By Colleen Jenkins
WINSTON-SALEM, N.C. (Reuters) - A 20-year-old man accused of killing his former supervisor at a North Carolina community college carried out a "calculated plan," according to police, who on Tuesday said they are investigating the shooting as a possible hate crime.
Kenneth Morgan Stancil III fired one round from a 12-gauge shotgun at Ron Lane, 44, after the Wayne Community College print shop director arrived for work on Monday morning at the campus in Goldsboro, North Carolina, police said.
Stancil's mother told a local television station that Lane, Stancil's former boss at the school's print shop, had made unwanted sexual advances toward her son while he was enrolled in the school's work-study program.
"We’re absolutely investigating that possibility," Goldsboro police Sergeant Jeremy Sutton told reporters at a news conference.
"I can say with confidence that Mr. Stancil had a calculated plan and he in fact carried out that plan," he said without providing details.
The sergeant declined to say what specific biases were being considered in the hate crime investigation.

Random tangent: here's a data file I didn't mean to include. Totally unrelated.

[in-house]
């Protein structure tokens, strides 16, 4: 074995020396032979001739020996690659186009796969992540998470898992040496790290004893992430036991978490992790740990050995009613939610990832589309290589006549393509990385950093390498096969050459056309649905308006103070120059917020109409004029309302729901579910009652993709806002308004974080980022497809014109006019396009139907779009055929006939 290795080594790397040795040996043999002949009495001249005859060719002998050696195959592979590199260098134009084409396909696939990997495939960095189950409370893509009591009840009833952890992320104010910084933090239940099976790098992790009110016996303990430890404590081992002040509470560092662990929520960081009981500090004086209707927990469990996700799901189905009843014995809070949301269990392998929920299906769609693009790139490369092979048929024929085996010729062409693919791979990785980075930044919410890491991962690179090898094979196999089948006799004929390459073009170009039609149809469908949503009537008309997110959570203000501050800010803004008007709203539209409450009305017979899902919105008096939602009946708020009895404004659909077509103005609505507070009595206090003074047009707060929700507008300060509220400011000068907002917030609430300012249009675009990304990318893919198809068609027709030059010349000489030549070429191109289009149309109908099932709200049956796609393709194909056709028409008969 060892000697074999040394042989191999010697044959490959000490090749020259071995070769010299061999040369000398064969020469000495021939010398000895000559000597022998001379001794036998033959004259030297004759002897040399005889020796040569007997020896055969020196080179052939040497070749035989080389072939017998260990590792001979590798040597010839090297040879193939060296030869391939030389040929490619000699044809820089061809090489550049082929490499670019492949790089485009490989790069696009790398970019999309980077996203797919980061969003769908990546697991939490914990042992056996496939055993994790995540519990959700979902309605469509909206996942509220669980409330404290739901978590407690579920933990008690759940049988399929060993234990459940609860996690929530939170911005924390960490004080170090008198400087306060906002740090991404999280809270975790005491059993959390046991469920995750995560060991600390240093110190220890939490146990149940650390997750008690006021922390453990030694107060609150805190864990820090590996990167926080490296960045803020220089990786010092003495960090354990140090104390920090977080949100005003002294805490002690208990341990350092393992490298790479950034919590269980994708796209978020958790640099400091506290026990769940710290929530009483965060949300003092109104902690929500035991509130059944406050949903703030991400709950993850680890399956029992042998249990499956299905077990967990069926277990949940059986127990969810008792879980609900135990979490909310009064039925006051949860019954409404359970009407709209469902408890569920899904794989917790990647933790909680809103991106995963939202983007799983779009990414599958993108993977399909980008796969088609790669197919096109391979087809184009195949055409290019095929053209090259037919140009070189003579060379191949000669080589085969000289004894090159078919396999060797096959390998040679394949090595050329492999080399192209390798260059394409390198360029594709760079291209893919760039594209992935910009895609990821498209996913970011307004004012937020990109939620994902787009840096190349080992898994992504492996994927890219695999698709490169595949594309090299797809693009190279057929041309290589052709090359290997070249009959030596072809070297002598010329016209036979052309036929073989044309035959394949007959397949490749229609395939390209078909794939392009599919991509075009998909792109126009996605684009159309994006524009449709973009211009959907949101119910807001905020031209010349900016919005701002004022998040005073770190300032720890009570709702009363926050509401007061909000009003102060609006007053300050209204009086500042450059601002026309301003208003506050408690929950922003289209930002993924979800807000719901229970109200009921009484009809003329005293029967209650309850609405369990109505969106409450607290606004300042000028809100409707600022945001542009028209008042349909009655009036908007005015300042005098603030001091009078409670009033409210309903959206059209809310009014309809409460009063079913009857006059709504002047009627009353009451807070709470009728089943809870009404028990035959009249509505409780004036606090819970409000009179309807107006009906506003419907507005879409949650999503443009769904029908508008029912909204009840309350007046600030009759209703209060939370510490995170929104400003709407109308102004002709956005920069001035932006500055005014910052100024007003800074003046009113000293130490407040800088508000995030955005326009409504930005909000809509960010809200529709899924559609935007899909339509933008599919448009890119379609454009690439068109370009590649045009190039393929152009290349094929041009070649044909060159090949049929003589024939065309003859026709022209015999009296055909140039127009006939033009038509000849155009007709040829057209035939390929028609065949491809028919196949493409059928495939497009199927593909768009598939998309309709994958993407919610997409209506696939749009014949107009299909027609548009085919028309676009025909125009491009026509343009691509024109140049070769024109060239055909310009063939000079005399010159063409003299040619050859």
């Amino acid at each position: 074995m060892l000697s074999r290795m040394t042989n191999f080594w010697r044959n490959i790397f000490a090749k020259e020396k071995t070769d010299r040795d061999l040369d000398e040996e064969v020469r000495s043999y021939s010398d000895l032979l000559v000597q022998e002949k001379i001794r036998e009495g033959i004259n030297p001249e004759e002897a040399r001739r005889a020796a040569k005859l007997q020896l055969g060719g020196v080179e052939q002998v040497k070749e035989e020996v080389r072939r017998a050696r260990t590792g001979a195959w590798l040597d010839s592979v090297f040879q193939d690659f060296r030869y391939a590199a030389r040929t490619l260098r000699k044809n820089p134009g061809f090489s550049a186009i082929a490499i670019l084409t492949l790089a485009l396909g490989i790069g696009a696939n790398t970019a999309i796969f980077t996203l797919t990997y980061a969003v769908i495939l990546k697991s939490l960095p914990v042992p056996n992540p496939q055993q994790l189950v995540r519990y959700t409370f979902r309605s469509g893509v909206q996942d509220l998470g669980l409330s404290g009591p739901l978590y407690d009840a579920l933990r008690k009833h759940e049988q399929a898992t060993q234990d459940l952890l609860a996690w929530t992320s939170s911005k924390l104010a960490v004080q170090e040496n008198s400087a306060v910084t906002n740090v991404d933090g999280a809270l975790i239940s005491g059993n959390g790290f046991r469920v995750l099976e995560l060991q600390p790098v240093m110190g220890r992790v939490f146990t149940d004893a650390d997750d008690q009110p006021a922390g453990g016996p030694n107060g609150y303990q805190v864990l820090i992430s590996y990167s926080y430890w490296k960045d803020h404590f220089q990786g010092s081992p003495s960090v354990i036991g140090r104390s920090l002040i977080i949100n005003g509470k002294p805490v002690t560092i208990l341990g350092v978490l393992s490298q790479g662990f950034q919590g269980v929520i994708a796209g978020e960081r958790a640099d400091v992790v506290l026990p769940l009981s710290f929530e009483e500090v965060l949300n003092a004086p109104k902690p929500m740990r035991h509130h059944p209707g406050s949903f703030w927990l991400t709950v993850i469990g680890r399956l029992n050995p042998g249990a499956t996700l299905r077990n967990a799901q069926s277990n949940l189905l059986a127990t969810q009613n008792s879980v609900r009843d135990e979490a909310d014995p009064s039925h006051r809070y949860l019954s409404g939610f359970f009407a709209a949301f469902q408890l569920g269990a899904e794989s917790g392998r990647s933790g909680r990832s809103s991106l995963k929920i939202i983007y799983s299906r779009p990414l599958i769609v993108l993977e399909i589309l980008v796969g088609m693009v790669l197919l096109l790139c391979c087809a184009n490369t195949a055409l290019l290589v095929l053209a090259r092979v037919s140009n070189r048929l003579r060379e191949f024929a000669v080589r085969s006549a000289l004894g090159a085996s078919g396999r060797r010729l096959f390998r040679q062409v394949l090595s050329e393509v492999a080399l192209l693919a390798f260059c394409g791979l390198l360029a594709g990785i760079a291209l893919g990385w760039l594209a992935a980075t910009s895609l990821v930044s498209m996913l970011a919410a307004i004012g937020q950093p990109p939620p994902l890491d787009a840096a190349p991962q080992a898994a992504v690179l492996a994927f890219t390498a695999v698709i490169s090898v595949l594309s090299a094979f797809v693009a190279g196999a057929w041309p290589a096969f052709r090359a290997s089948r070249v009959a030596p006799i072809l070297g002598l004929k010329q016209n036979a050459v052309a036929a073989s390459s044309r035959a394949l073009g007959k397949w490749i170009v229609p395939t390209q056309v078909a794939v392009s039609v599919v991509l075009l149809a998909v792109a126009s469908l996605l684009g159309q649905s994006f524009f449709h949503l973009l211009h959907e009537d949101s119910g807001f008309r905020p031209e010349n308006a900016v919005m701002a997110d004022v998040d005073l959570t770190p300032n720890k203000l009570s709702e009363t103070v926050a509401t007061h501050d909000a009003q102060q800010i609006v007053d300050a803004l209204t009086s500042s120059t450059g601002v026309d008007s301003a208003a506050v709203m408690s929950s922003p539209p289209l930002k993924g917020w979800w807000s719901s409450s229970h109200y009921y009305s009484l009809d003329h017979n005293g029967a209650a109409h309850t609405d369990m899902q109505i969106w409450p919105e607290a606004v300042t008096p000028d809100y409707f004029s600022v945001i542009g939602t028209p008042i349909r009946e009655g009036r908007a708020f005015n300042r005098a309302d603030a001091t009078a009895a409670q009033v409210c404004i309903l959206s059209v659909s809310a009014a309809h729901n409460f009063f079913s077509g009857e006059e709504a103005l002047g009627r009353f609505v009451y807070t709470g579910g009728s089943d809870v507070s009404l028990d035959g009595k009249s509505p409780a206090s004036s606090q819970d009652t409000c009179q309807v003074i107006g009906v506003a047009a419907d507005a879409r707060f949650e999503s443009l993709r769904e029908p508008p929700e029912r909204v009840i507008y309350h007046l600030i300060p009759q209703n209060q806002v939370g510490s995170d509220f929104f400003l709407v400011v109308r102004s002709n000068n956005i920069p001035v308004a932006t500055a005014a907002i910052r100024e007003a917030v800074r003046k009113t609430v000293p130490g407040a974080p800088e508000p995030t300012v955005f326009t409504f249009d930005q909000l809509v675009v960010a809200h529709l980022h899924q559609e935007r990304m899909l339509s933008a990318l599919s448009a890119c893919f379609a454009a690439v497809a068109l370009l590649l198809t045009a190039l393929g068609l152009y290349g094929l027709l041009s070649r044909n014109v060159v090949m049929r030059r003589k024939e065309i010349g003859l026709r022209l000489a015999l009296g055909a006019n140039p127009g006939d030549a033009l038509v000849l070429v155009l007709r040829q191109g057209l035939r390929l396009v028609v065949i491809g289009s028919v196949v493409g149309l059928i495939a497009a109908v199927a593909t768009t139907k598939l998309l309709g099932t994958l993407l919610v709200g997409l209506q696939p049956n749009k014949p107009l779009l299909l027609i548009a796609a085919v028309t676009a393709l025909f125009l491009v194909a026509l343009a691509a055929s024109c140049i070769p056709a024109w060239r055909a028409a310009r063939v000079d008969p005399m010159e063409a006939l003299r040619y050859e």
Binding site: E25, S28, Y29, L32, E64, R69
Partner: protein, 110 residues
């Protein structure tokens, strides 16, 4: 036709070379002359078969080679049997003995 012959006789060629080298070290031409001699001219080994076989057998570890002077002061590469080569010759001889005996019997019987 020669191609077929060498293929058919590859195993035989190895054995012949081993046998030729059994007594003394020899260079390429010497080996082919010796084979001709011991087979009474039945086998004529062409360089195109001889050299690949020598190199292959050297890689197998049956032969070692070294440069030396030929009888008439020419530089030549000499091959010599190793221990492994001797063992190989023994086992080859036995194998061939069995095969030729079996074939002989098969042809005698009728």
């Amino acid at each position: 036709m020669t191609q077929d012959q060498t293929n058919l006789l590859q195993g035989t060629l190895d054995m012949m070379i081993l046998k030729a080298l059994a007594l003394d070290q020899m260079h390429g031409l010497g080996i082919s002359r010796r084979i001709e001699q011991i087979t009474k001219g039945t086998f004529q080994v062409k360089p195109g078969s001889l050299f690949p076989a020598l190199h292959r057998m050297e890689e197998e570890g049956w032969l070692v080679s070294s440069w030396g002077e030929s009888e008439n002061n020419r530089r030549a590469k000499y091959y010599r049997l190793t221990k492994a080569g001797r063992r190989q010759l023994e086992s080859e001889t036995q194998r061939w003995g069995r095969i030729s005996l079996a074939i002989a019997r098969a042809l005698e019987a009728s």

The shooting prompted a lockdown and evacuation of the campus about 50 miles (80 km) southeast of Raleigh. The community college reopened on Tuesday with extra law enforcement present.
After the shooting, Stancil left on a motorcycle that was later found abandoned by law enforcement officers along Interstate-95 in Lumberton, North Carolina, Sutton said.
Police do know yet know how Stancil traveled to Florida, where he was arrested early Tuesday after he was found sleeping on a beach. He is being held at a jail in Daytona Beach and will face a murder charge after he is extradited to North Carolina.
Sutton said detectives also were looking into whether the former student with no prior criminal arrest record had any affiliation with white supremacy groups. Stancil is white, as was Lane.
The gun used in the shooting has not been located, police said.
College President Kay Albertson said Stancil was dismissed from the school's work-study program on March 3 for poor attendance.
Stancil's mother told television station WNCN that her son, who had earned the rank of Eagle as a Boy Scout, was angry about his dismissal. But Debbie Stancil said she did not know what set him off on Monday.
(Reporting by Colleen Jenkins; Editing by Bill Trott and Cynthia Osterma)